The plots are still great, but the characters mainly seem motivated by money, either acquiring it by various means, fair or foul, or trying to prevent someone else getting hold of it. The passion for justice and the compassion for his characters from the earlier ones just doesn't seem to be there anymore.

 

The Painted House, though - that was an interesting one...

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Here are a few theories about why good writers go bad:

 

 

 

MD&G,

 

I would add to your list:

 

e) editors lose their sense of power to properly edit the work, otherwise risking prima-donna-fittery, and so no one can tell them if something stinks any more.

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MD&G,

 

I would add to your list:

 

e) editors lose their sense of power to properly edit the work, otherwise risking prima-donna-fittery, and so no one can tell them if something stinks any more.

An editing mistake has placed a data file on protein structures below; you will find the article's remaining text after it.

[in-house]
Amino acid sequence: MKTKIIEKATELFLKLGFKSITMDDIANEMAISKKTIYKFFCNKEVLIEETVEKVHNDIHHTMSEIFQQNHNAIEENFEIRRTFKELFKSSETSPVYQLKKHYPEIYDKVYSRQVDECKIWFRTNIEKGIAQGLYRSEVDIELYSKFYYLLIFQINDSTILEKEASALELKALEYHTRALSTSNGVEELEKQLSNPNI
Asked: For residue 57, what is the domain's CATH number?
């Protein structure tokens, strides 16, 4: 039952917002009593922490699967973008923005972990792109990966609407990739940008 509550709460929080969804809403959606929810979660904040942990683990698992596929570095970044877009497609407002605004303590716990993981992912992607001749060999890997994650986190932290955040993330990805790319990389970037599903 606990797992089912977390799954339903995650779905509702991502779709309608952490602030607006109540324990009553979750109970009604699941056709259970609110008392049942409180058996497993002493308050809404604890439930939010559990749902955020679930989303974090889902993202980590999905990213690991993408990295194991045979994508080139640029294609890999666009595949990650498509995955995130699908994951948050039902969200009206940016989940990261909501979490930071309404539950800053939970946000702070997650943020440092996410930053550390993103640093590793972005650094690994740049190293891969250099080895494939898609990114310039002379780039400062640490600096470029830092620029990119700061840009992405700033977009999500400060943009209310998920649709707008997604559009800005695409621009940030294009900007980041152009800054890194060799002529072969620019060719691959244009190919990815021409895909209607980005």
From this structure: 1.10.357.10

Spot on Lulu

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Here are a few theories about why good writers go bad:

I would add:

 

6) What with our population living longer, writers are going to be included in those that survive past their prime. They aren't dying suddenly, leaving us with only an excellent body of work. Maybe some of those 'great writers' are only great because they popped off before they could turn in a formulaic blockbuster and disappoint.

 

7) Some writers truly have only one good book in them but some so and so keeps nudging them and saying awwww gowan!

 

8) Two book deals....

 

and then there's gaining power and surfing the shark

Barbara Cartland...well there's a mystery, wrapped in an enigma, wrapped in a tutu...pink of course.